UK and EU set out their negotiating objectives for a future agreement on aviation

Posted in Transport WTO and international trade

On 27 February 2020 the UK Government published a paper setting out its negotiating objectives for the UK’s future relationship with the EU (UK Negotiation Objectives). This followed the publication on 25 February 2020 by the EU of its own negotiating directives (EU Negotiation Directives). It is clear that both the UK and the EU want to reach an agreement on aviation: however significant differences in approach remain.

Aviation is one of the sectors most vulnerable to the impact of the UK leaving the EU as air transport services (including air traffic rights) are excluded from the WTO General Agreement on Trade in Services. As such, in 2019 the EU and the UK published legislation (the “No Deal Legislation”) to ensure basic connectivity in the event that the UK exited the EU pursuant to Article 50 of the Treaty on European Union without a withdrawal agreement having been signed and ratified. Details of that No Deal Legislation were summarised in our blog post here [include link]. However pursuant to the withdrawal agreement eventually concluded between the EU and the UK in October 2019, the status quo in terms of aviation will be maintained during the implementation period until 31 December 2020. After that, the position remains unclear and is dependent upon the agreement reached between the EU and the UK as to their overall future trading relationship.

Pursuant to the UK Negotiation Objectives, the UK Government will be seeking to enter into a “Comprehensive Air Transport Agreement” with “liberalised market access for air services on a reciprocal basis, close cooperation to maintain high aviation security standards and collaboration on air traffic management to ensure interoperability between UK and EU airspace”. The EU Negotiating Directives however reflect a more general concern that due to the geographic proximity of the UK to the EU, the UK should adhere to “level playing field” commitments, particularly with regard to competition, in order to secure access to EU markets and also that the EU internal market for air transport services should be preserved.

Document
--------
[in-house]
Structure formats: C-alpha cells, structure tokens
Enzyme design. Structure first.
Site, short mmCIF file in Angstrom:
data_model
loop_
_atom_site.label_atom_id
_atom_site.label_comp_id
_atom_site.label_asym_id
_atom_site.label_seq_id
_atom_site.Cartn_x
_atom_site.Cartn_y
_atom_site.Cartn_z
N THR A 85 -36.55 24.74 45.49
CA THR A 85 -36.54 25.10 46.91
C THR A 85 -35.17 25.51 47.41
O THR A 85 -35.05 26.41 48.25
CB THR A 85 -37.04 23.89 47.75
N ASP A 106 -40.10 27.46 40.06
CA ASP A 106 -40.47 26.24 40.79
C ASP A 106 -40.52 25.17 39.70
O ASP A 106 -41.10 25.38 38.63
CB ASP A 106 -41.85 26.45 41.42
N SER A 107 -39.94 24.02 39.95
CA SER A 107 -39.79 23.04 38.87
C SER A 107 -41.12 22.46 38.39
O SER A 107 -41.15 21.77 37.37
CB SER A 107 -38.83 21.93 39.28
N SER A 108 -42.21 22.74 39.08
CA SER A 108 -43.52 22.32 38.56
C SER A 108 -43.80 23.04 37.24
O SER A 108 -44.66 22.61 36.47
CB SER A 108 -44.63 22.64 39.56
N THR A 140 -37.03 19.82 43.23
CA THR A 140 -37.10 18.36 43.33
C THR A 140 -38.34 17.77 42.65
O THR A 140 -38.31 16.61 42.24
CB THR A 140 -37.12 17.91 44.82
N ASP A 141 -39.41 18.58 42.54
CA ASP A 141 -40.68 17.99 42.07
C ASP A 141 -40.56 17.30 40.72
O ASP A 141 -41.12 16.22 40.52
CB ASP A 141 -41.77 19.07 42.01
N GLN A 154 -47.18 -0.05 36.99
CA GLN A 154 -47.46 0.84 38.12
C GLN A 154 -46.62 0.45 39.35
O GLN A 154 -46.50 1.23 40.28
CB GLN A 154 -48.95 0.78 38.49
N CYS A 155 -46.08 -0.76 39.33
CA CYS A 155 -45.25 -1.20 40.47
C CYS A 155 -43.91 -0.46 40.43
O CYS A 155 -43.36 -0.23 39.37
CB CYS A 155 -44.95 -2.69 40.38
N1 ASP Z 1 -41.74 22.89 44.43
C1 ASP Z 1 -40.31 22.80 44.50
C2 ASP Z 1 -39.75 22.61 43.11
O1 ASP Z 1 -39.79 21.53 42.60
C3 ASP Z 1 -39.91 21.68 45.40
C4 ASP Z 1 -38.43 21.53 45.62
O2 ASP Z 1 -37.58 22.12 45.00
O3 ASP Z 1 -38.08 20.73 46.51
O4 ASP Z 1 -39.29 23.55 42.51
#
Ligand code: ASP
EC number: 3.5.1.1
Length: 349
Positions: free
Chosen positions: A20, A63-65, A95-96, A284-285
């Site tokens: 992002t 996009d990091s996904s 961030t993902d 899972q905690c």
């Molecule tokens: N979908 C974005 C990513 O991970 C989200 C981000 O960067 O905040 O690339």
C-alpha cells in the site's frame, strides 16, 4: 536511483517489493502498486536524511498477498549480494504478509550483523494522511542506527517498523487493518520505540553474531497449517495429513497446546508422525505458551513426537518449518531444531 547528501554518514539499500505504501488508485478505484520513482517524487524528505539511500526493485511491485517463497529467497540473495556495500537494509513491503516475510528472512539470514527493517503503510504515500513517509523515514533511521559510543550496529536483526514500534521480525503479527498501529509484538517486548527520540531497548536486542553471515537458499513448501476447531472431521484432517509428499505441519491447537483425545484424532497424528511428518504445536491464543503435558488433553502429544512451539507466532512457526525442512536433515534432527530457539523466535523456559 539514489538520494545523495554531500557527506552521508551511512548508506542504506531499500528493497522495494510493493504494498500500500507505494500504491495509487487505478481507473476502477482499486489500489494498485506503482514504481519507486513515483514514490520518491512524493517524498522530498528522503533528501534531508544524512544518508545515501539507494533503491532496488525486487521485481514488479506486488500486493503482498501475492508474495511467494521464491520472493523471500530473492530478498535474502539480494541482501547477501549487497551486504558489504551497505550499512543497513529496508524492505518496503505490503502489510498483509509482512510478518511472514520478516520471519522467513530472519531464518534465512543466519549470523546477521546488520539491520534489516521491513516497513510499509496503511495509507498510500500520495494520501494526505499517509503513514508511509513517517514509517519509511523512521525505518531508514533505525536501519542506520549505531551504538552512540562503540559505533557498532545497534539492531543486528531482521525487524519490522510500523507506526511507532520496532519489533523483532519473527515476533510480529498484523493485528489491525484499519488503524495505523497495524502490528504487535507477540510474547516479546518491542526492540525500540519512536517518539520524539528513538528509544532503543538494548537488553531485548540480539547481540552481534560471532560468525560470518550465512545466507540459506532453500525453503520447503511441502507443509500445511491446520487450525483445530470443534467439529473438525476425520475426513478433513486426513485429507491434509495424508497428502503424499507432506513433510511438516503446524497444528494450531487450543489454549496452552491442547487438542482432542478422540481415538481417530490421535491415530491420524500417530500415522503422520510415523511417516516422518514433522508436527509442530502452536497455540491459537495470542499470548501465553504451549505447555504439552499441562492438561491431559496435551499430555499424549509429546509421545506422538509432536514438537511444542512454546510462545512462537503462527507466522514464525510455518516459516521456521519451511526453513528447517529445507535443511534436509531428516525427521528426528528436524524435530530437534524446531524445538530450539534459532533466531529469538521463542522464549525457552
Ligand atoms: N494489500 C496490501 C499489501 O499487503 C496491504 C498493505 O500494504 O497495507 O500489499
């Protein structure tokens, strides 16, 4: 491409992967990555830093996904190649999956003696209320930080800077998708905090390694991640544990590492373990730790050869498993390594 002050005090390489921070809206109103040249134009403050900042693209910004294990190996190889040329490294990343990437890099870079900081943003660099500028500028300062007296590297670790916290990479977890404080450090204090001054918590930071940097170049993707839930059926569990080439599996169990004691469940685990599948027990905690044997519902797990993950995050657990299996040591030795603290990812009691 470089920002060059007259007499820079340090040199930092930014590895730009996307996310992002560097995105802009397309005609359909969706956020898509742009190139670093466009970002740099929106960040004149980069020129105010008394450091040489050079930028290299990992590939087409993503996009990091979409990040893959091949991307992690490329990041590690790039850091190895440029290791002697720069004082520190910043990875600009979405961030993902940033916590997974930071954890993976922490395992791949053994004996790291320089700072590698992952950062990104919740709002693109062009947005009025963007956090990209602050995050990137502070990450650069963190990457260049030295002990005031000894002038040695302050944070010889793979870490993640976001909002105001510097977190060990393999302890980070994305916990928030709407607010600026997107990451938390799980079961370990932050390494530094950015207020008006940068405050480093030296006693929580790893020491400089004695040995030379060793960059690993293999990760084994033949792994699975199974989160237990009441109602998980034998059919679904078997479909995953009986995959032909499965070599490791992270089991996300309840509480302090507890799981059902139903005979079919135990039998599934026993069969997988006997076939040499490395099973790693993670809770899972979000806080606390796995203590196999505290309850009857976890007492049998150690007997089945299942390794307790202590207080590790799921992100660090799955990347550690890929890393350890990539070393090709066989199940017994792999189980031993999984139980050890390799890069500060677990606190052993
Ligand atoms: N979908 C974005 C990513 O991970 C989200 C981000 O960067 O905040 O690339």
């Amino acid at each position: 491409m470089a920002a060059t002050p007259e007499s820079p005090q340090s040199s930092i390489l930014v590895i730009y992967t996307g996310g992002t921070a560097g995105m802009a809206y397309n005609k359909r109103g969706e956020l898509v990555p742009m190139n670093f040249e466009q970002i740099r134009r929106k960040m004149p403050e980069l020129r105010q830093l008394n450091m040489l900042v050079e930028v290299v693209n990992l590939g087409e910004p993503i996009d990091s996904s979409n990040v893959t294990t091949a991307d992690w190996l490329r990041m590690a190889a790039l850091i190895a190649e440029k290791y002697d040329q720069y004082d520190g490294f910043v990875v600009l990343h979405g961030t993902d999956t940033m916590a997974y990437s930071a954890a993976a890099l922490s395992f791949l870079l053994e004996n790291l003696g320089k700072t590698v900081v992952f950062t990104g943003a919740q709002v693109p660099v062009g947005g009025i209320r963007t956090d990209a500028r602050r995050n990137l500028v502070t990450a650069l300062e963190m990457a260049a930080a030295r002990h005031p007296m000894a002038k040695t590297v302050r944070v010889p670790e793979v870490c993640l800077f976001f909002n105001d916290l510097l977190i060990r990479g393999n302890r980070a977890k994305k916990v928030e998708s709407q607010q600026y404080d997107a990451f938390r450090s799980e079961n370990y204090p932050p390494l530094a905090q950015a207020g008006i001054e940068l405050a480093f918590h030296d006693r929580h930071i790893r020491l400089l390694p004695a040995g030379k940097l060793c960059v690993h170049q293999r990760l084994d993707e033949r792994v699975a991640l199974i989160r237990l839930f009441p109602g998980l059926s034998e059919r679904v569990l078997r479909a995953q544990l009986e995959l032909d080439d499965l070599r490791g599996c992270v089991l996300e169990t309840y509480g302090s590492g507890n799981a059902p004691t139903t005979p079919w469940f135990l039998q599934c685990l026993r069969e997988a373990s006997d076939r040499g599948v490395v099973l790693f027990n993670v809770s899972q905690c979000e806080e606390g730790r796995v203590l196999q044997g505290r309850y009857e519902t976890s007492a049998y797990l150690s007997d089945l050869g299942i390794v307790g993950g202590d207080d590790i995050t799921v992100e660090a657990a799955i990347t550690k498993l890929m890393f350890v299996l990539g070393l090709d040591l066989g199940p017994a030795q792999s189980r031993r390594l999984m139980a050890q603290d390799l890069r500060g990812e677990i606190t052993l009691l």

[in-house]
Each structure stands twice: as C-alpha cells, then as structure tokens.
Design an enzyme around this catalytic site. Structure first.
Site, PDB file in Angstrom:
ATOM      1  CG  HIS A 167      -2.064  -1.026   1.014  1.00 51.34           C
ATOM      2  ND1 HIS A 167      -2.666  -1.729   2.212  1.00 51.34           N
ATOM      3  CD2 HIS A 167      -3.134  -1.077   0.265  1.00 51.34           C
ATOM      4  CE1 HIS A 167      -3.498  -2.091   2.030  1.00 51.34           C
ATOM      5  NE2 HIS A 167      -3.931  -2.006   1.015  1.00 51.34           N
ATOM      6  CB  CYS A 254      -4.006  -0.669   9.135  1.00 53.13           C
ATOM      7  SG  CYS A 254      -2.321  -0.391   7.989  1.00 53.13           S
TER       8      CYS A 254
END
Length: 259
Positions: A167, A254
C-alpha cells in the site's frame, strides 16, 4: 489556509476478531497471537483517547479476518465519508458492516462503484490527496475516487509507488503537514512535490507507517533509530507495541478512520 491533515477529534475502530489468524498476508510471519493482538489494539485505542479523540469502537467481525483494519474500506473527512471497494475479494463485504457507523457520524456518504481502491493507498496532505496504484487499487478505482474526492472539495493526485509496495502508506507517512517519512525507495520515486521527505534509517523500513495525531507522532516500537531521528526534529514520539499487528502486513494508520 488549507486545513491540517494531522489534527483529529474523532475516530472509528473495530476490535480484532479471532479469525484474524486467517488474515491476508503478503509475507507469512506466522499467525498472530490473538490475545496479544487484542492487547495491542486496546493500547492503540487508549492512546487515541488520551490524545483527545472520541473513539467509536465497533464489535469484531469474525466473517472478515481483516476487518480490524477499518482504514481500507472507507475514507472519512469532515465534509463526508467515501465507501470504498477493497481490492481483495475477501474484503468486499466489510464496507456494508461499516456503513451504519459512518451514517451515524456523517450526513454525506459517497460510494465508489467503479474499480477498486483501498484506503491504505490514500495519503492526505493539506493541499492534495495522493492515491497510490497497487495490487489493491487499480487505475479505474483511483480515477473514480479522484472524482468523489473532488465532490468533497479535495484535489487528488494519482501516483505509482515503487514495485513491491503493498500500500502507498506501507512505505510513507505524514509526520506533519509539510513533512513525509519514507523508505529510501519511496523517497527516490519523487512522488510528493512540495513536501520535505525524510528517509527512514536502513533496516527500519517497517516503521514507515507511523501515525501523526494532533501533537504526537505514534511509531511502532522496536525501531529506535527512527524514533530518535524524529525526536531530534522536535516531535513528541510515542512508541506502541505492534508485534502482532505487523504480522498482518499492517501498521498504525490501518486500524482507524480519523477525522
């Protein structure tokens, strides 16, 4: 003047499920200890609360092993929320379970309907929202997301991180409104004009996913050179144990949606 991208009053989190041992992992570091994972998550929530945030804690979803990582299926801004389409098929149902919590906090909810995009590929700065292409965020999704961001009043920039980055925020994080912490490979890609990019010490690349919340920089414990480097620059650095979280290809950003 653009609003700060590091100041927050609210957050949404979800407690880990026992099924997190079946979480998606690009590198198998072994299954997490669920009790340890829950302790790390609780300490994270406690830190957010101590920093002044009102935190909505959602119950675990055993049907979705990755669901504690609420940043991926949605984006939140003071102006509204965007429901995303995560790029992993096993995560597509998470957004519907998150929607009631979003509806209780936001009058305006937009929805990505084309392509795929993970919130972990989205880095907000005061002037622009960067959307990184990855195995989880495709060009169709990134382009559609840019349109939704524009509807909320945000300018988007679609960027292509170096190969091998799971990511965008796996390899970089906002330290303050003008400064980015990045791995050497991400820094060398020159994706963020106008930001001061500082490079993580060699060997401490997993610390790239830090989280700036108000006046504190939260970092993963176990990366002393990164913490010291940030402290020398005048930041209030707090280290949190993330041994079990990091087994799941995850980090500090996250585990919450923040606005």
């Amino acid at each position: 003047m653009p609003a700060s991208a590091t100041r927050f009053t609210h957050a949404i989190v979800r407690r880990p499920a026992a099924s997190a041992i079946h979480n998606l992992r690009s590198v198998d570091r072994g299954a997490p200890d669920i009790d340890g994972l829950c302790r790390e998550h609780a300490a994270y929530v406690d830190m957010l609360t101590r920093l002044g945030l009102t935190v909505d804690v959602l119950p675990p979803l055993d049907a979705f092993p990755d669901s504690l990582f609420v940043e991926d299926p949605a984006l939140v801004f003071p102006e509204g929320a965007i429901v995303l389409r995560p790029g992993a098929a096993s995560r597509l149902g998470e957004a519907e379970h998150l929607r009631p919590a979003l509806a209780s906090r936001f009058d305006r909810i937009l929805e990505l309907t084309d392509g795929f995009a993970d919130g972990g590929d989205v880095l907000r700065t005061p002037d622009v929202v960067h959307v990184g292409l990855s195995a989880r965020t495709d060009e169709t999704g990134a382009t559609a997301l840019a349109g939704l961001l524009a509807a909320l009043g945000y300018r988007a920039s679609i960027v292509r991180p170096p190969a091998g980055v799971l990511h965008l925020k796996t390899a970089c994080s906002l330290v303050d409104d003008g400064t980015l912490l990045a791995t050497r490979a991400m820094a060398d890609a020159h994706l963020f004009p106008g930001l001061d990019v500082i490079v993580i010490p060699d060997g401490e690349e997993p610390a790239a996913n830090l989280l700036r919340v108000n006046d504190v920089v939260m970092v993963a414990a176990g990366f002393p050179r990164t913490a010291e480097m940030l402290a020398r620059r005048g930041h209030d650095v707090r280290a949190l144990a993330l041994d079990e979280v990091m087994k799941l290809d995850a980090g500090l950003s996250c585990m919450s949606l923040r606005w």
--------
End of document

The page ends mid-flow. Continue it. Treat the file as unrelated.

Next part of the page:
These differences in approach can be seen in the respective provisions of the negotiating mandates regarding air traffic rights. The UK Negotiation Objectives aim to ensure, as a minimum, a right for EU and UK airlines to operate to and from the UK and EU destinations without restrictions on frequency and capacity. The EU Negotiation Directives also assume that any such agreement would need to ensure a basic level of connectivity: however they emphasize that the UK should not benefit from air traffic rights to the same extent as EU members. In particular they imply that the grant of 5th freedom rights (i.e. the right to fly between two foreign countries on a flight originating or ending in the home country of the relevant airline so for example a UK airline flying to Paris and then on to another country) may be dependent on the UK’s adherence to “corresponding obligations” and only then awarded if in the interests of the EU.

The EU Negotiation Directives also refer to the phased implementation of certain elements of the agreement. This is consistent with the approach the EU has taken in other air services agreements. For example the level of market access for non-EEA member state signatories under the European Common Aviation Area Agreement is phased in a manner linked to their adherence to the EU aviation acquis. The EU/Canada Open Skies Agreement also potentially allows full market access in a staged process based upon the opening up of the investment and control regime for airlines in each of the EU and Canada.

The UK Government has previously referred to the EU/Canada Open Skies Agreement as creating a potential precedent for an EU UK aviation deal as it grants market access without requiring regulatory alignment. However it is questionable whether this is realistic given the comparative likelihood for competition with EU carriers.   In short it is apparent that if air traffic rights are to extend beyond the basic (1-4) freedoms of the air and if commercial concessions in other areas such as wet leasing and code sharing are to be achieved, then tensions between the UK’s desire for regulatory independence and the EU’s desire for regulatory alignment as a means of ensuring fair competition will need to be resolved. We will of course continue to monitor developments as negotiations progress.

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